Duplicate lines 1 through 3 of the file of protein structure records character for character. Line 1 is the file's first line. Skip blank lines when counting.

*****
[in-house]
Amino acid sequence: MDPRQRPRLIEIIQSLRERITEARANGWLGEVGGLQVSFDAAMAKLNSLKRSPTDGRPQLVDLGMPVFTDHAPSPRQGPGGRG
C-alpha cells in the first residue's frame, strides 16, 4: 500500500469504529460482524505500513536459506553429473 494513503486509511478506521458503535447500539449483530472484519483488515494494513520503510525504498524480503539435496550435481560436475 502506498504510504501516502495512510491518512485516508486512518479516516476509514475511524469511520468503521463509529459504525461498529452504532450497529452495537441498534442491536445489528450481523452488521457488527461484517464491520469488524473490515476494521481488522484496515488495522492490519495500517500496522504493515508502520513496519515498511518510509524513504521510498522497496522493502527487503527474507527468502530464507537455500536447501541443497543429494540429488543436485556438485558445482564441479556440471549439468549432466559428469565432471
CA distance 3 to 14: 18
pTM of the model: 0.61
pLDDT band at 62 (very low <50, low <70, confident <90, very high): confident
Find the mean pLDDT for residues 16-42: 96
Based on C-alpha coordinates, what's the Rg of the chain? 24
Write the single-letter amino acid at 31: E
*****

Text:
[in-house]
Amino acid sequence: MDPRQRPRLIEIIQSLRERITEARANGWLGEVGGLQVSFDAAMAKLNSLKRSPTDGRPQLVDLGMPVFTDHAPSPRQGPGGRG
C-alpha cells in the first residue's frame, strides 16, 4: 500500500469504529460482524505500513536459506553429473 494513503486509511478506521458503535447500539449483530472484519483488515494494513520503510525504498524480503539435496550435481560436475 502506498504510504501516502495512510491518512485516508486512518479516516476509514475511524469511520468503521463509529459504525461498529452504532450497529452495537441498534442491536445489528450481523452488521457488527461484517464491520469488524473490515476494521481488522484496515488495522492490519495500517500496522504493515508502520513496519515498511518510509524513504521510498522497496522493502527487503527474507527468502530464507537455500536447501541443497543429494540429488543436485556438485558445482564441479556440471549439468549432466559428469565432471